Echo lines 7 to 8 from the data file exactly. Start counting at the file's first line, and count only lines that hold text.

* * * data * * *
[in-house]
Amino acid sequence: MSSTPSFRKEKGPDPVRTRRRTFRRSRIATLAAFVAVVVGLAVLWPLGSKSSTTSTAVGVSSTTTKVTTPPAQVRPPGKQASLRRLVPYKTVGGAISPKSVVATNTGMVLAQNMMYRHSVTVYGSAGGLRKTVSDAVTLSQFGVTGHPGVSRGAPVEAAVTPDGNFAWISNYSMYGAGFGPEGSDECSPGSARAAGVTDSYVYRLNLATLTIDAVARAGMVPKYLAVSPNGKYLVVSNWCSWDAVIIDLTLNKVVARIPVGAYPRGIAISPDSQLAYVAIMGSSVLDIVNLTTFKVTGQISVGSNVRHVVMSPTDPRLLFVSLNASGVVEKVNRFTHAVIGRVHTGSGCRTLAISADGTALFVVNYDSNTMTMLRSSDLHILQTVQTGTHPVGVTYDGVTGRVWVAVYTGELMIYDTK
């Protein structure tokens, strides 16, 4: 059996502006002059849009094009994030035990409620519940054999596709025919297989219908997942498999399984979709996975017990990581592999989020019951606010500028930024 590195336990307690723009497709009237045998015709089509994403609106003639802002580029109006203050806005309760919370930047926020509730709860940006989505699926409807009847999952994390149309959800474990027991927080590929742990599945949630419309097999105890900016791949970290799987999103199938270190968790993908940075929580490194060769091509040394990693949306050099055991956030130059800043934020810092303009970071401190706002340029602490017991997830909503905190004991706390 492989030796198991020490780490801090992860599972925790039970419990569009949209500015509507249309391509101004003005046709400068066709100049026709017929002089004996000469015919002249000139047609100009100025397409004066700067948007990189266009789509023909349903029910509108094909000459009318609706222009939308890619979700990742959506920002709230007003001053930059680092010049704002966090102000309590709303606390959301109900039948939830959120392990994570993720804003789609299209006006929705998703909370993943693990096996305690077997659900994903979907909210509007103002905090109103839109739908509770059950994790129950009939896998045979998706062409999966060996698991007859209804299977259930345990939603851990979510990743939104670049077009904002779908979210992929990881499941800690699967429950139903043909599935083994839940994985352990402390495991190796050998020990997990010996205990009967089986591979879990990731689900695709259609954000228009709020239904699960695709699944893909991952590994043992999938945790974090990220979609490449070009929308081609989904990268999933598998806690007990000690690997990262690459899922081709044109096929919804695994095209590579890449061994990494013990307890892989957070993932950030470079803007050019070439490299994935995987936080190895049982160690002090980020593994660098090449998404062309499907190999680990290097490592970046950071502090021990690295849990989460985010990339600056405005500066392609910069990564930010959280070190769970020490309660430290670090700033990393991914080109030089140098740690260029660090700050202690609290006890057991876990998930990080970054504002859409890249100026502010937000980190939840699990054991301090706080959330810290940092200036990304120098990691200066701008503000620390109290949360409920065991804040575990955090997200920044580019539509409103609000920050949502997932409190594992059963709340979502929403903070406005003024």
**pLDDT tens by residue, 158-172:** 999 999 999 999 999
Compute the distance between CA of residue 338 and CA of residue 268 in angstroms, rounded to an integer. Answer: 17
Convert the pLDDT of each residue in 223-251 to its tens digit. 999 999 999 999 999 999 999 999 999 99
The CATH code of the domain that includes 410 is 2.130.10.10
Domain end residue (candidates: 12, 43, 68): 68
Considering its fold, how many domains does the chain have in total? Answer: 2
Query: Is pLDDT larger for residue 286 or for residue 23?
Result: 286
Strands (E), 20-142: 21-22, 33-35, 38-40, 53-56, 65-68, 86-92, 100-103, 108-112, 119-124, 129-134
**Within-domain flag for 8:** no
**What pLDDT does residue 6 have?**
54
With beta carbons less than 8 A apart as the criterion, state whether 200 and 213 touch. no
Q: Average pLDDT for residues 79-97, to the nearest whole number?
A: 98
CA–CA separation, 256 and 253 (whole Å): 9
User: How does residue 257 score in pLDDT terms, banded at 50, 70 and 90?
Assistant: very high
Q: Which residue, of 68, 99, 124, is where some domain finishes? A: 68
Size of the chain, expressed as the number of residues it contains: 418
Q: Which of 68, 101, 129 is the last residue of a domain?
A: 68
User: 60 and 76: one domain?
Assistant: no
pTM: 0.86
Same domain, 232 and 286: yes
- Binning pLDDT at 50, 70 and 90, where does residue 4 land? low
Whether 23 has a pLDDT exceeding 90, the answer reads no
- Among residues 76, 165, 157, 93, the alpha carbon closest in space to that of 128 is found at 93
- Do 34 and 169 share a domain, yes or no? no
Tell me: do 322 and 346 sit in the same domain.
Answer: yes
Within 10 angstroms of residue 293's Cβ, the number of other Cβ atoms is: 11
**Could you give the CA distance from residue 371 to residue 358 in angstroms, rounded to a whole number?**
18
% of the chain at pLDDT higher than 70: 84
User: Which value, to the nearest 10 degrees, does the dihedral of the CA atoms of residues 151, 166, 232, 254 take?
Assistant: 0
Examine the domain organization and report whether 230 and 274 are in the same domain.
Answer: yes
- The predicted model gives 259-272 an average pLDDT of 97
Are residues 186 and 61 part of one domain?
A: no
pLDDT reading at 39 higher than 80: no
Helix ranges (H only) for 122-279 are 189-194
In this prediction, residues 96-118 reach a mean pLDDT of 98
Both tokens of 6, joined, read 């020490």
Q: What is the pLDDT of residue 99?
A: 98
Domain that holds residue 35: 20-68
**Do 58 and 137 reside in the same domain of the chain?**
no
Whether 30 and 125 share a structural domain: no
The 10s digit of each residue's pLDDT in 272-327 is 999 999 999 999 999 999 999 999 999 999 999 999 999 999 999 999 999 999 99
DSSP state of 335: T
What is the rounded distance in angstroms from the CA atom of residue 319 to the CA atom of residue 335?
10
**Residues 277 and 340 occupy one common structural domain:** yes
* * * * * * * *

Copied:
The CATH code of the domain that includes 410 is 2.130.10.10
Domain end residue (candidates: 12, 43, 68): 68